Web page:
Some women in France are using PrEP, but only transgender women tend to stay on it


The number of gay and bisexual men in France at enough risk of HIV to benefit from PrEP is about 142,000, the country’s premier PrEP researcher, Professor Jean-Michel Molina, told the 19th European AIDS Conference (EACS 2023) in Warsaw last Saturday. Even though this represents only 0.6% of the adult male population, it is still many more than the 42,000 men who are actually taking PrEP – 29.5% of those in need of it.

However, this number dwarfs the percentage of people from other key affected populations, such as transgender women and people who inject drugs. Molina said that fewer than 1% of other groups of people at risk of HIV were taking PrEP.

Nonetheless, some do. A poster at the conference detailed the PrEP usage of 161 women attending one clinic in Paris between April 2017 and April 2023. It found that the majority of female PrEP users were transgender (60% of the total) and from South America (78% of the total). In common with many other PrEP studies, cisgender women were less likely than transgender women to continue PrEP for more than a few months.



An umbrella term for people whose gender identity and/or gender expression differs from the sex they were assigned at birth.

cisgender (cis)

A person whose gender identity and expression matches the biological sex they were assigned when they were born. A cisgender person is not transgender.

multivariate analysis

An extension of multivariable analysis that is used to model two or more outcomes at the same time.


Having sex without condoms, which used to be called ‘unprotected’ or ‘unsafe’ sex. However, it is now recognised that PrEP and U=U are effective HIV prevention tools, without condoms being required. Nonethless, PrEP and U=U do not protect against other STIs. 

key populations

Groups of people who are disproportionately affected by HIV or who are particularly vulnerable to HIV infection. Depending on the context, may include men who have sex with men, transgender people, sex workers, people who inject drugs, adolescent girls, prisoners and migrants.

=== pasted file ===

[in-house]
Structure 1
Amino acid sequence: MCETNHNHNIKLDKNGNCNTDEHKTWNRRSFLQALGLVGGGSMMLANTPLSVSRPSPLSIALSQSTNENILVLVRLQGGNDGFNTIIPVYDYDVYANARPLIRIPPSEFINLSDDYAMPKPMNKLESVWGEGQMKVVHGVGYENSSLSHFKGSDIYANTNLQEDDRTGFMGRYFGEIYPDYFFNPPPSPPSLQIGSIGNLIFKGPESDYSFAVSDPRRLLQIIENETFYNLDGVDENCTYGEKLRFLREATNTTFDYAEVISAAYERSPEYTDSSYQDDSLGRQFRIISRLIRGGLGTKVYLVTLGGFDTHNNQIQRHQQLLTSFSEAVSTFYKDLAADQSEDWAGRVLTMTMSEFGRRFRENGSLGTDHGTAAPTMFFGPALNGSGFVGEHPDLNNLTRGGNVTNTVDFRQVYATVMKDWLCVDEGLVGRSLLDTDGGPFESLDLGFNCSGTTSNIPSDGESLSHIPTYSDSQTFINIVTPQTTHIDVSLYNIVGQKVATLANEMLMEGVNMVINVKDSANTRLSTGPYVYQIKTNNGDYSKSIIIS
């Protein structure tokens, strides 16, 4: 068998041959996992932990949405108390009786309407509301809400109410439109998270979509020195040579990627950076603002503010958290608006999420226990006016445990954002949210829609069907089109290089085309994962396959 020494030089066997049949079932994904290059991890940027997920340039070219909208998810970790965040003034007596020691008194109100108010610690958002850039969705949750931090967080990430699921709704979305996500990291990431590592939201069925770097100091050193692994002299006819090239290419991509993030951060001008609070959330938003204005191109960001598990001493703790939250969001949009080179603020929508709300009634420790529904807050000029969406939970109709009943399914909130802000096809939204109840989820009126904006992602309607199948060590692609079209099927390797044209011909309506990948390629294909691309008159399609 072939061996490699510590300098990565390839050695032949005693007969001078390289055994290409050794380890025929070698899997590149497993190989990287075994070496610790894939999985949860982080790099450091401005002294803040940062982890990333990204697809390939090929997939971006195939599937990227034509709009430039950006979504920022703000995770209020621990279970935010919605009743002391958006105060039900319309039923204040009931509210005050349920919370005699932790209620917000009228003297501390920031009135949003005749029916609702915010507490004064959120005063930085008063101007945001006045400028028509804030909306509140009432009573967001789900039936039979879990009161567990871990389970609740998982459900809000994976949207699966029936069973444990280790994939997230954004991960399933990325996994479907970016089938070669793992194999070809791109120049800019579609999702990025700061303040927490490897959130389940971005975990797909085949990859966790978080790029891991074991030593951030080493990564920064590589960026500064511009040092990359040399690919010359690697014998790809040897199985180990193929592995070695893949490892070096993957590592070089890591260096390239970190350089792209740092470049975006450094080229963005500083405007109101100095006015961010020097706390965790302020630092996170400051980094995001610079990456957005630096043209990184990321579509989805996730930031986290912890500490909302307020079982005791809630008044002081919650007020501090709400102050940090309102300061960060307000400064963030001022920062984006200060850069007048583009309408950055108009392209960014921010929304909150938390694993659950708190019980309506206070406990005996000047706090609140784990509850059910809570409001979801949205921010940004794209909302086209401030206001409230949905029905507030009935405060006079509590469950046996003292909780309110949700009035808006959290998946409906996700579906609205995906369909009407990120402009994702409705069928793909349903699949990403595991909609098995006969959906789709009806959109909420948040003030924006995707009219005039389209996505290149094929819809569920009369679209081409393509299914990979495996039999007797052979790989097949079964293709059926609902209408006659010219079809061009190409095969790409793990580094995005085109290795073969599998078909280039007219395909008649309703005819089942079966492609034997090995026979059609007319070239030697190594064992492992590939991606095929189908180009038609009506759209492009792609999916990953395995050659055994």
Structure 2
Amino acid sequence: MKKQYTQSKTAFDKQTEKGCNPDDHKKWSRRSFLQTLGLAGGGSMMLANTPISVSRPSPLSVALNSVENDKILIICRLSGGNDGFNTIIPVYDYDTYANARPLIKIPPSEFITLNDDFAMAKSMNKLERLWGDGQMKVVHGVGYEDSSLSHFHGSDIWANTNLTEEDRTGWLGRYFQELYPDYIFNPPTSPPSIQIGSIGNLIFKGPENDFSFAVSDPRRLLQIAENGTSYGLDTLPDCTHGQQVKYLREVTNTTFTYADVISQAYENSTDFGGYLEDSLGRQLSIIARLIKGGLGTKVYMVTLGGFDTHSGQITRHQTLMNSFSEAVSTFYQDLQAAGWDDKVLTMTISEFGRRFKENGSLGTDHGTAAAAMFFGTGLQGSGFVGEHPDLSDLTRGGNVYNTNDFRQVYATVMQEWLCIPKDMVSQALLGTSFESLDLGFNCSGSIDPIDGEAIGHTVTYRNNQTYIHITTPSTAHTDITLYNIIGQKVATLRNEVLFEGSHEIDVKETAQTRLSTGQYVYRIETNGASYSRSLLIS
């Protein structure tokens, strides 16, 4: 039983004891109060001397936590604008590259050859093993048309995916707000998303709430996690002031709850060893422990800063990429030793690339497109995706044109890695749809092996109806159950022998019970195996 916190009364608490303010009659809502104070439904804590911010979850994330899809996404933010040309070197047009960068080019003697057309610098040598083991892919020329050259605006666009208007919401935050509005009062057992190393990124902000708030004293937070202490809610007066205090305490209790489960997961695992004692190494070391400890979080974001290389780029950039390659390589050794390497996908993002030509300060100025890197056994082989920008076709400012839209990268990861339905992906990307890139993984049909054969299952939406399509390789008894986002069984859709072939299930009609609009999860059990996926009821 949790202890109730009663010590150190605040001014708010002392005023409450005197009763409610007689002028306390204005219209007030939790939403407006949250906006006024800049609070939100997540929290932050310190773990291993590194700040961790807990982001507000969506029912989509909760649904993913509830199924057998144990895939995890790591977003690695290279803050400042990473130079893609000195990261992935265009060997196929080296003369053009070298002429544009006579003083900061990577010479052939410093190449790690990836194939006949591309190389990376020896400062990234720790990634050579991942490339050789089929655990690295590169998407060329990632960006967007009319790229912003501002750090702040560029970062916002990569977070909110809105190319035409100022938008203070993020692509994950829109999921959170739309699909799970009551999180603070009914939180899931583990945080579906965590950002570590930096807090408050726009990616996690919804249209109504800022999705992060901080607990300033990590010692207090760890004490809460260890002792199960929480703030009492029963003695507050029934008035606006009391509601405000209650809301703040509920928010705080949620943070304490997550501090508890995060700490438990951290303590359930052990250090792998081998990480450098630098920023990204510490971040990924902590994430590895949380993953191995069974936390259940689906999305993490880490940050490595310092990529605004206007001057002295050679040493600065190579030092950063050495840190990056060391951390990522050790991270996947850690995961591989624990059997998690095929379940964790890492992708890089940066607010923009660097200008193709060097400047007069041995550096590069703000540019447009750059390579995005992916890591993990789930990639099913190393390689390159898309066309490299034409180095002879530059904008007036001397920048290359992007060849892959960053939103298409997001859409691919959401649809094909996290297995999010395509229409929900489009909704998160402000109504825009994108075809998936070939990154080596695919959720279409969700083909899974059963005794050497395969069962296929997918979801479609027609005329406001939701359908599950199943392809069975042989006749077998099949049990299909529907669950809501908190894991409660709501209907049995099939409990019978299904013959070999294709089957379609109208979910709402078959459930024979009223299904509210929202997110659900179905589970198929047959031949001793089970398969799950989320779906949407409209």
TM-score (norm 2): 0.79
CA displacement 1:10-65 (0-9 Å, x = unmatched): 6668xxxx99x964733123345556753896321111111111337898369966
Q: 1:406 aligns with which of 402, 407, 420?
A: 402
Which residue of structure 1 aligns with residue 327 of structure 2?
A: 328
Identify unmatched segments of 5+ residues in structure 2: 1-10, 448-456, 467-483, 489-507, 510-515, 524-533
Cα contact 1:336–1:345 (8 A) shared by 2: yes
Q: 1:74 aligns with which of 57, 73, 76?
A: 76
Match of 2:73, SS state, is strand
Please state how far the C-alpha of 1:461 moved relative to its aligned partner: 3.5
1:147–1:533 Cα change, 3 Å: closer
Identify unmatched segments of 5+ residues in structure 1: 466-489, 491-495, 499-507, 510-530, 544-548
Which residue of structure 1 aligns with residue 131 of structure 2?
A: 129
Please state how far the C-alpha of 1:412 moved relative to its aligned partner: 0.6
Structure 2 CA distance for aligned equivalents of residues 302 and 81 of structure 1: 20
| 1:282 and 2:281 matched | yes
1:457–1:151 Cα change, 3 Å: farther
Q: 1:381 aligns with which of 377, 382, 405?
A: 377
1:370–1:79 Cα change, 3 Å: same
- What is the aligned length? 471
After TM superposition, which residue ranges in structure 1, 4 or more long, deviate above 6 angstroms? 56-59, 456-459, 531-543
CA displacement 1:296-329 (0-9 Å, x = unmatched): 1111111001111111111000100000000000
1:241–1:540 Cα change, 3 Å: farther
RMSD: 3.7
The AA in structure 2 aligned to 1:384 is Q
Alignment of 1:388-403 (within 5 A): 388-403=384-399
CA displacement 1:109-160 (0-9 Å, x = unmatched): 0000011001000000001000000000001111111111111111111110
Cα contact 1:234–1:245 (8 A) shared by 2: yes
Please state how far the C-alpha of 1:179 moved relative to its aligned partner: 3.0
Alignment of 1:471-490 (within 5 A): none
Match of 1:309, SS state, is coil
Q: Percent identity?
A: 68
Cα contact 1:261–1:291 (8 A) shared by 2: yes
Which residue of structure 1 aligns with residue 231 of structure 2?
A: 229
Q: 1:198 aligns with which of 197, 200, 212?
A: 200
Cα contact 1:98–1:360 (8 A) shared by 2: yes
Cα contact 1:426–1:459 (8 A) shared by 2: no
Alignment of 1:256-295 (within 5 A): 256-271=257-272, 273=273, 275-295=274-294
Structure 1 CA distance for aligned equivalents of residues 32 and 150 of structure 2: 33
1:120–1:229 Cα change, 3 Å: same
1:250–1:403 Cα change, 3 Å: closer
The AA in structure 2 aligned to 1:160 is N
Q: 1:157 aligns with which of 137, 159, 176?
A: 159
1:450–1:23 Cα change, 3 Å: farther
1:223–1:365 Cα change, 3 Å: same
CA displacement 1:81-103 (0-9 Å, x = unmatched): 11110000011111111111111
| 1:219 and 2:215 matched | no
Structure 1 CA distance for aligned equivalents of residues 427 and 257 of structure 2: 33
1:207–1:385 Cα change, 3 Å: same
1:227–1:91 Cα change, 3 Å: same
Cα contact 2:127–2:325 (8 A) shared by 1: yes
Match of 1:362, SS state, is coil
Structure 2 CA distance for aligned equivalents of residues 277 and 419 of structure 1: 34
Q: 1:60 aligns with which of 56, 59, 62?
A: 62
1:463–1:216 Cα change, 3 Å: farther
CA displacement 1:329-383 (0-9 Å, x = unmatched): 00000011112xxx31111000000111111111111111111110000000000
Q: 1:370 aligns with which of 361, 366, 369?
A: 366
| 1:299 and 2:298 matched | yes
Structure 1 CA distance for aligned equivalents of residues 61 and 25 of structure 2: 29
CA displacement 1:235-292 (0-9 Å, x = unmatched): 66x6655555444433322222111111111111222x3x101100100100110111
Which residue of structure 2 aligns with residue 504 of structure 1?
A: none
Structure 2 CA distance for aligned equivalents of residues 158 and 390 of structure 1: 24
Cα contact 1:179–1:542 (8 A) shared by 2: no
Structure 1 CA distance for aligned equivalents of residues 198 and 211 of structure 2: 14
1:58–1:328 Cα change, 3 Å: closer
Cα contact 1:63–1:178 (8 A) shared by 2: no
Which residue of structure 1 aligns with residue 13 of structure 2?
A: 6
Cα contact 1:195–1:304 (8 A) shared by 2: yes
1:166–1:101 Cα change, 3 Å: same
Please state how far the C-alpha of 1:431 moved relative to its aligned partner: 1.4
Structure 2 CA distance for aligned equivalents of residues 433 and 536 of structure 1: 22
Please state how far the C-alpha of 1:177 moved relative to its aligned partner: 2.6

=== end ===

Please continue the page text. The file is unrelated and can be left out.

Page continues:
In total 175 women were assessed for PrEP during the study period and 161 actually started it. Ninety-seven of the women were transgender, and 64 were cisgender. One hundred and twenty five came from South America, 28 from France or elsewhere in Europe, and eight from sub-Saharan Africa. Their average age was 32. Eleven of the women chose to take on-demand rather than daily PrEP – presumably transgender women having anal sex, as only daily PrEP is recommended for vaginal sex.

By April 2023, 90 of the 161 women had discontinued PrEP. In multivariate analysis, transgender women were 64% less likely to discontinue PrEP than cisgender women (in other words, cisgender women were 2.78 times more likely to discontinue) and women from sub-Saharan Africa 40% more likely to.

Half of the cisgender women who started PrEP had discontinued it five months after starting it whereas it took 20 months for half the transgender women to stop PrEP. At that time point, only 16% of the cisgender women remained on PrEP.

In univariate analysis, women who reported chemsex, reported condomless sex or had had an STI in the year before starting PrEP were less likely to discontinue PrEP, while women from Europe were more likely to discontinue. But these factors lost significance in multivariate analysis, showing that cisgender identity was the only factor predominantly linked to discontinuing PrEP.

The study suggests that some transgender women, particularly from Latin America, are viewing PrEP as an HIV prevention option worth taking in France but that as yet, very few cisgender women do.


Melnyk T et al. Factors influencing discontinuation of care of women seeking pre-exposure prophylaxis (PrEP). 19th European AIDS Conference, Warsaw, poster MeP.T4.05, 2023.

View the abstract on the conference website.